It took more than four months to arrive, but the first ETP closure of 2011 is finally here. The Barclays ETN+ Short D linked to the S&P 500 Total Return Index (BXDD) have been called for redemption after the indicative value fell to a price point that triggers such a move.
Barclays rolled out its suite of ETN+ products in late 2009, at a time when some investors had expressed frustration over the performance of leveraged products that feature a daily reset of exposure. Rather than reset exposure on a daily basis, the suite of ETNs sought to deliver leveraged results over the term of the debt securities. BXDD offers inverse exposure to the S&P 500 Total Return Index, with an initial participation value of 3.0x. Like all of the ETN+ products (including BXUB, BXUC, BXDB, and BXDC), BXDD featured a stop loss trigger at $10. So when the per share price declined to that level, it triggered an automatic redemption from Barclays:
It’s interesting to note that although BXDD fell to $10 on April 28–thereby triggering the automatic repurchase by Barclays at $10 per share–shares of the ETN have traded slightly above that level in recent days. BXDD closed at $10.01 on Friday and at $10.03 on Monday, suggesting that some investors weren’t fully aware of the pending redemption [How To Deal With ETF Closures].
According to Ron Rowland, BXDD is the first ETP closure of 2011, the 14th ETN to delist, and the 174th exchange-traded product to close its doors.
Wave Of Closures?
Given the increasingly top-heavy nature of the ETF industry, many had expected the pace of ETF closures to accelerate in 2011. In 2008, 58 ETPs shut down, followed by another 56 closure in 2009 and 49 in 2010. But with more than four months in the books, BXDD is the first exchange-traded product to call it quits in 2011. At the start of the year, there were more than 450 ETPs with less than $50 million in assets and more than 350 with less than $25 million. But ETF issuers have become more hesitant to pull the plug on ETFs that are slow to gather assets, perhaps noting the explosive growth experienced by funds that got off to a slow start. The Global X Colombia ETF (GXG) is perhaps the best example of that phenomenon. GXG debuted in February 2009, and at the end of March 2010 had only about $10 million in AUM. Then the Colombian economy began to expand at a blistering pace, and GXG finished 2010 with about $170 million in assets [see Where Are All The ETF Closures?].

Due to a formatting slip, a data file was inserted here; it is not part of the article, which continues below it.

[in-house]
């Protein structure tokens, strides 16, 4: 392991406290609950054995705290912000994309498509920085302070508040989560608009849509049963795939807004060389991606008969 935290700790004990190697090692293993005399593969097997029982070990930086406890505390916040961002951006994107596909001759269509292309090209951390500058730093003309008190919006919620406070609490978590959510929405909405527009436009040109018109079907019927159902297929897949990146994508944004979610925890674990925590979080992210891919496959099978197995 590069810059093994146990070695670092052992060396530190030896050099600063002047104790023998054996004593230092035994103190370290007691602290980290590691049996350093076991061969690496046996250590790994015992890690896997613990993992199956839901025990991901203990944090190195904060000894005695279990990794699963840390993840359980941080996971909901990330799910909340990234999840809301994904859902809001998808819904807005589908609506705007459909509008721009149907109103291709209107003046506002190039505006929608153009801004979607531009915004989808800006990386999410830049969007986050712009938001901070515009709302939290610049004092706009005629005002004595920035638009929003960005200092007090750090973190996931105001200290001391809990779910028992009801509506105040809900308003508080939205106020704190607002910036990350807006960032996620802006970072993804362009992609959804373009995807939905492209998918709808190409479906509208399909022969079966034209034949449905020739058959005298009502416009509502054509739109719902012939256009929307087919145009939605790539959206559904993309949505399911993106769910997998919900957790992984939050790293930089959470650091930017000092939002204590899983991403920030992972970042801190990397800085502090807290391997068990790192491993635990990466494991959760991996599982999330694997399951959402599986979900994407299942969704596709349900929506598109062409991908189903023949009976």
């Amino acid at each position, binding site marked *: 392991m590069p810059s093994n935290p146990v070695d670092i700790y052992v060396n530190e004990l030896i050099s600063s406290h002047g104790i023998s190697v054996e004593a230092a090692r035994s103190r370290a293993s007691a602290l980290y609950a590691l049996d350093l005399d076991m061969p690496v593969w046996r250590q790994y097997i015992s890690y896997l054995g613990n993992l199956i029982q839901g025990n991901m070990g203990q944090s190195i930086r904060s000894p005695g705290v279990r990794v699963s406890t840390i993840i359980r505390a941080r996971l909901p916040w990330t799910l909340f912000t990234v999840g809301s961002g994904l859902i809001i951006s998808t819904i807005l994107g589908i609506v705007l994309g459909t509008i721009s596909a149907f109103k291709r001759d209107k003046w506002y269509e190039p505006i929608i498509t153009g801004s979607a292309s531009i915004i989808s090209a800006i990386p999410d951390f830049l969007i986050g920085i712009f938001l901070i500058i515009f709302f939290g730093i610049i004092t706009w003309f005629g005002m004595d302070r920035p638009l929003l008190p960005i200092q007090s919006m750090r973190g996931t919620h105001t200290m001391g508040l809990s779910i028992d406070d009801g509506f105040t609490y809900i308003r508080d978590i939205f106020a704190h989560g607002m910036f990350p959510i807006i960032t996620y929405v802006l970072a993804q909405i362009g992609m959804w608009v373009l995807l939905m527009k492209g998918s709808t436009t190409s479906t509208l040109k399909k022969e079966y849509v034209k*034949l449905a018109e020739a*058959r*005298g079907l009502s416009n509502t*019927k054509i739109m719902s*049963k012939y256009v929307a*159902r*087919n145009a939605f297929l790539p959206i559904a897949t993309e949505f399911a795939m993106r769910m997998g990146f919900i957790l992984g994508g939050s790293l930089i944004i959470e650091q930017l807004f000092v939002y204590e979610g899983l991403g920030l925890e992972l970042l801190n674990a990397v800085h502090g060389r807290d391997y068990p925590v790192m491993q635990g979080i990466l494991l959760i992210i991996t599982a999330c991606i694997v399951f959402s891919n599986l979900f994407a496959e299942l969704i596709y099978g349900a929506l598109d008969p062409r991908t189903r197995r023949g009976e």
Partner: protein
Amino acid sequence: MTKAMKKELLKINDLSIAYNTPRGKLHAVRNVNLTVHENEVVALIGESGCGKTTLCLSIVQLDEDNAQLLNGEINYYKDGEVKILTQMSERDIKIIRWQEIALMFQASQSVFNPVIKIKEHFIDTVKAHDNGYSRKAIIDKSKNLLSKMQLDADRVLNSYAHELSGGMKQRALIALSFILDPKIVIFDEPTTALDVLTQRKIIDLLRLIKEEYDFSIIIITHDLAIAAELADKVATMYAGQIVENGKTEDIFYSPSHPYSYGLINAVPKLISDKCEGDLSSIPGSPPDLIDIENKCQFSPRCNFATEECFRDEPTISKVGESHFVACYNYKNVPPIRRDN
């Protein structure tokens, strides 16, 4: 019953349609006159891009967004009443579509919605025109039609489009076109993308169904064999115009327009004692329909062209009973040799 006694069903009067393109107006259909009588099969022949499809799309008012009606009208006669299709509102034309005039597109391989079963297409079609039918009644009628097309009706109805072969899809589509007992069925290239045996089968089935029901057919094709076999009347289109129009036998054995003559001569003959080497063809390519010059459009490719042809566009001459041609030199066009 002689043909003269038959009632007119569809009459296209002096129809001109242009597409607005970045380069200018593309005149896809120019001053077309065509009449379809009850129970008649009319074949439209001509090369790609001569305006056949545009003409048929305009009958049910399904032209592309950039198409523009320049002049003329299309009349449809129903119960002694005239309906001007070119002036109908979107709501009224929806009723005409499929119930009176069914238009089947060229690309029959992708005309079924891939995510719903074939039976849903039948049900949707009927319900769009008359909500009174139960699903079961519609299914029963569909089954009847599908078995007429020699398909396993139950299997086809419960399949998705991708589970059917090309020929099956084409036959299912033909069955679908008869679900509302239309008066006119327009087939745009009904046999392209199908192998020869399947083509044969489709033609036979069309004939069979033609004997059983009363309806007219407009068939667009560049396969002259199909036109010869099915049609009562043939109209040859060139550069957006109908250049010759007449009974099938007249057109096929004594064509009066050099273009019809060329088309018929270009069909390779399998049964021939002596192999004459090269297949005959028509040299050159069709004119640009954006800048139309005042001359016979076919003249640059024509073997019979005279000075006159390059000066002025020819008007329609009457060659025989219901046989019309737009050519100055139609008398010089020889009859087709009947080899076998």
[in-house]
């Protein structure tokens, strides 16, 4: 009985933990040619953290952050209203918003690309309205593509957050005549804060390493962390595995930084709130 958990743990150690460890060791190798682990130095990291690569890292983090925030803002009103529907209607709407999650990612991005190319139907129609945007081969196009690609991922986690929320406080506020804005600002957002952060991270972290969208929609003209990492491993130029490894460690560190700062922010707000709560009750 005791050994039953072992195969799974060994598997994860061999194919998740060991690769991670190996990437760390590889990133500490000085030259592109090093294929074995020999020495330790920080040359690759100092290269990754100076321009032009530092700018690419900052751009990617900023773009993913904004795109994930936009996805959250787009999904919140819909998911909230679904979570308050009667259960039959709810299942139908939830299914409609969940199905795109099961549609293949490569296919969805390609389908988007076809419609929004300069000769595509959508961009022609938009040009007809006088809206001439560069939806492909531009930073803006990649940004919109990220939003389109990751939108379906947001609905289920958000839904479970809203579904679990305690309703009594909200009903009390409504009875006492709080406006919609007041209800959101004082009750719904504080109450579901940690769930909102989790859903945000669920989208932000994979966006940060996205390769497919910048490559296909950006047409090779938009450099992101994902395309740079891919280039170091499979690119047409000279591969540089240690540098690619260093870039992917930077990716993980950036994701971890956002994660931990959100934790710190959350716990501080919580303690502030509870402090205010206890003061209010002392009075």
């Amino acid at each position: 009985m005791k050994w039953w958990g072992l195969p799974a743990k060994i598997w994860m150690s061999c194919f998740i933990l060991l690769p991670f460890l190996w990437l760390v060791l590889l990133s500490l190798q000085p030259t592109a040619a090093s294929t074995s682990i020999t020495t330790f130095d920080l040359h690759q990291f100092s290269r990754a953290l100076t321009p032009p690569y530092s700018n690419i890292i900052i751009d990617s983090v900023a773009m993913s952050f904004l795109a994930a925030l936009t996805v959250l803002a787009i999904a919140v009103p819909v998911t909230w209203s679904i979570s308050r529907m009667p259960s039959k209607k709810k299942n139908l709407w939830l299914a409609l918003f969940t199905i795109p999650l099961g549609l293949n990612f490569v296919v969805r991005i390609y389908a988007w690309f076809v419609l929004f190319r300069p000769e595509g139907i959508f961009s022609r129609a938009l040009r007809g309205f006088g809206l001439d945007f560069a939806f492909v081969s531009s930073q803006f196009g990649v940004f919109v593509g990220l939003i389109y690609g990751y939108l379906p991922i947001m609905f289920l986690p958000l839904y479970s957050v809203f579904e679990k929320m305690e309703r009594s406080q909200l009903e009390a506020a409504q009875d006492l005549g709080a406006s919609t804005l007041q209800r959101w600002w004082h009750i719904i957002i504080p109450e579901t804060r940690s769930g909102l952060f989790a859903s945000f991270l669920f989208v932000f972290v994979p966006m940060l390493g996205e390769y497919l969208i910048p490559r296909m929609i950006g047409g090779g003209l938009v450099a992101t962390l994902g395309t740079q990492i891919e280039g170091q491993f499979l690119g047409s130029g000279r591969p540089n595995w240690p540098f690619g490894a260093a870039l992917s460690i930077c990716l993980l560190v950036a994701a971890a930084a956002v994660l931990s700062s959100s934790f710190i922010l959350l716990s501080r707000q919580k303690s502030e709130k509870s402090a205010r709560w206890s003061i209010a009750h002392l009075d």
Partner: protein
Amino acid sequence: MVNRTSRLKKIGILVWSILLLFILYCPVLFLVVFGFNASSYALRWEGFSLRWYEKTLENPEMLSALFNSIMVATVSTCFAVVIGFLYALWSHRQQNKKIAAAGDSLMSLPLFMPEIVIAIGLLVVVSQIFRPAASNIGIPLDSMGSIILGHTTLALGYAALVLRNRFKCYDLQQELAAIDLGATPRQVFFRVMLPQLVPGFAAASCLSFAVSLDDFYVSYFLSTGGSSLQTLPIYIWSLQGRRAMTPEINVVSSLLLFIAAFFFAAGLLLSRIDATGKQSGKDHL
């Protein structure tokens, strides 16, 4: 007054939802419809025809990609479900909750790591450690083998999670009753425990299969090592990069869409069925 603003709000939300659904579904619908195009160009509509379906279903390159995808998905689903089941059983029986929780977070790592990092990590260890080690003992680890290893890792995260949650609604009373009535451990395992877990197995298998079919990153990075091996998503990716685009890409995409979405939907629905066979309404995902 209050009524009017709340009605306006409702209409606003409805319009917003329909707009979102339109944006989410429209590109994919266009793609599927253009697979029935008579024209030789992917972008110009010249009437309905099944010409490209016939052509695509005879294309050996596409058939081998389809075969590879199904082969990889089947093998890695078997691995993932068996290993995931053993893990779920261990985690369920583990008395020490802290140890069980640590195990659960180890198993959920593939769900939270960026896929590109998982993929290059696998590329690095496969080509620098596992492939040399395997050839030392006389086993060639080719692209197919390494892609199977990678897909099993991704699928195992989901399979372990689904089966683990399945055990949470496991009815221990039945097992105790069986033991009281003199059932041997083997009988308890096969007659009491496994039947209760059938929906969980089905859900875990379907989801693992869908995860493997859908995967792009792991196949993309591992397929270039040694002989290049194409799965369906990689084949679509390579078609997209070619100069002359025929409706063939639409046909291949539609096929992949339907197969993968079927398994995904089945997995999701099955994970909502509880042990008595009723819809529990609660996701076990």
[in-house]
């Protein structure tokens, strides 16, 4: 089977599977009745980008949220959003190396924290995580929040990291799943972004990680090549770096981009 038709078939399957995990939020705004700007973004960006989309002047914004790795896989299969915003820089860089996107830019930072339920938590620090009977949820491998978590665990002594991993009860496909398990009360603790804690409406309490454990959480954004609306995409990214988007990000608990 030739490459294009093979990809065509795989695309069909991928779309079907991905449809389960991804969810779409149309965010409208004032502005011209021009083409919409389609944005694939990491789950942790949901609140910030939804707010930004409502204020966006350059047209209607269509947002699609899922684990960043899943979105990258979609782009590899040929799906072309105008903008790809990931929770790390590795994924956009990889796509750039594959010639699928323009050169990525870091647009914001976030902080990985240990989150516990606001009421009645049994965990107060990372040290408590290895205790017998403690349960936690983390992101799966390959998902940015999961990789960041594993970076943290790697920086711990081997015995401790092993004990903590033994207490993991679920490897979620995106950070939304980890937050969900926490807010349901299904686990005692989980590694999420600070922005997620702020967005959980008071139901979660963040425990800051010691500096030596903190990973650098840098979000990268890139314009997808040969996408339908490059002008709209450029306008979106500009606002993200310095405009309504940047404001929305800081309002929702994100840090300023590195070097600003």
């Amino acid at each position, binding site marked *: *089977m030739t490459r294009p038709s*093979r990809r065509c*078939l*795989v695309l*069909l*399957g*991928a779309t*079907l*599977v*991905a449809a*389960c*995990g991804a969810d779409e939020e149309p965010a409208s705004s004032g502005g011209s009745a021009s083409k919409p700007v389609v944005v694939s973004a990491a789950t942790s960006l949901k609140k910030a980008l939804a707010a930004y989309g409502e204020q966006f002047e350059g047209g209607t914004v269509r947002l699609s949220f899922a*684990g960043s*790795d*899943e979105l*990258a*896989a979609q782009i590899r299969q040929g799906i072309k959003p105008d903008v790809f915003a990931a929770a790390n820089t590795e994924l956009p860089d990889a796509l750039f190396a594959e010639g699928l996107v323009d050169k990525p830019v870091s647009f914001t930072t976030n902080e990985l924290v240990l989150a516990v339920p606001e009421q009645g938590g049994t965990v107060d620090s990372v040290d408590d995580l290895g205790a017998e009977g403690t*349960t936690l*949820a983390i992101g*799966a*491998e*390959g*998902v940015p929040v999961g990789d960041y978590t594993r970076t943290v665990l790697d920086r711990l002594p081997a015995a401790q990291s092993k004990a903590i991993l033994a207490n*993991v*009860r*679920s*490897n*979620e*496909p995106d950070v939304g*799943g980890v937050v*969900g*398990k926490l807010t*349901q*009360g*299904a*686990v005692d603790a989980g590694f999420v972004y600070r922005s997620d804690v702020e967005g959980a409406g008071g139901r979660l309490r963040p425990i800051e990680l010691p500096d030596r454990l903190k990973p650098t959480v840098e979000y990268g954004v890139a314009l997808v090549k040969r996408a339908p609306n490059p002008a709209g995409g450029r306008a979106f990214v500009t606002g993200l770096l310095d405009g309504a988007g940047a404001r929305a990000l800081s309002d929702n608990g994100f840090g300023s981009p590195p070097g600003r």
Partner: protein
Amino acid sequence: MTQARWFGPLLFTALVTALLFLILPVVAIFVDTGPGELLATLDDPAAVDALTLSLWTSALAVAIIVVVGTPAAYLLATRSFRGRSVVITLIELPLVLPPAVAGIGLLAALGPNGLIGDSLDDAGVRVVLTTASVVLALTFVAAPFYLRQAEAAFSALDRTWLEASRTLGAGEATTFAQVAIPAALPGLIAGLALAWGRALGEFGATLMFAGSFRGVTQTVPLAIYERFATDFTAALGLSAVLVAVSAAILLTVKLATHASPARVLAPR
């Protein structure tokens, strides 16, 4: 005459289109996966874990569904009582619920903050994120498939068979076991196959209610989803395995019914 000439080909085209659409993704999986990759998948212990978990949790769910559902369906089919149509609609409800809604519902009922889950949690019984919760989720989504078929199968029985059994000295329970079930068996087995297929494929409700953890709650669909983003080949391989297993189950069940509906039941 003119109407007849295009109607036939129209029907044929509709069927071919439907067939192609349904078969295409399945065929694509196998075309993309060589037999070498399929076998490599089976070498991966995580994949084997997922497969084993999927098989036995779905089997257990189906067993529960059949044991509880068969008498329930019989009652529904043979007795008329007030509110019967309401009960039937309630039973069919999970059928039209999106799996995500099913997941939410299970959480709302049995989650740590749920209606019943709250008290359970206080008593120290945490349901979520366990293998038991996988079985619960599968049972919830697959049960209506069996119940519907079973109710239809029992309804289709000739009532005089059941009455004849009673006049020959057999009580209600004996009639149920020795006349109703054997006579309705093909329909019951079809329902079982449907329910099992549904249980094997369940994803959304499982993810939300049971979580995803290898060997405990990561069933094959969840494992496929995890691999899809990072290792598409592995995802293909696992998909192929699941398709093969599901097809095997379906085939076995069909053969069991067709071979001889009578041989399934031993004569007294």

Improvements in overall profitability may also account for the small number of ETF closures. Though there are hundreds of funds that are losing money for the firms that offer them, increases in ETF assets have translated into higher revenues and greater financial flexibility for ETF issuers.
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Disclosure: No positions at time of writing.
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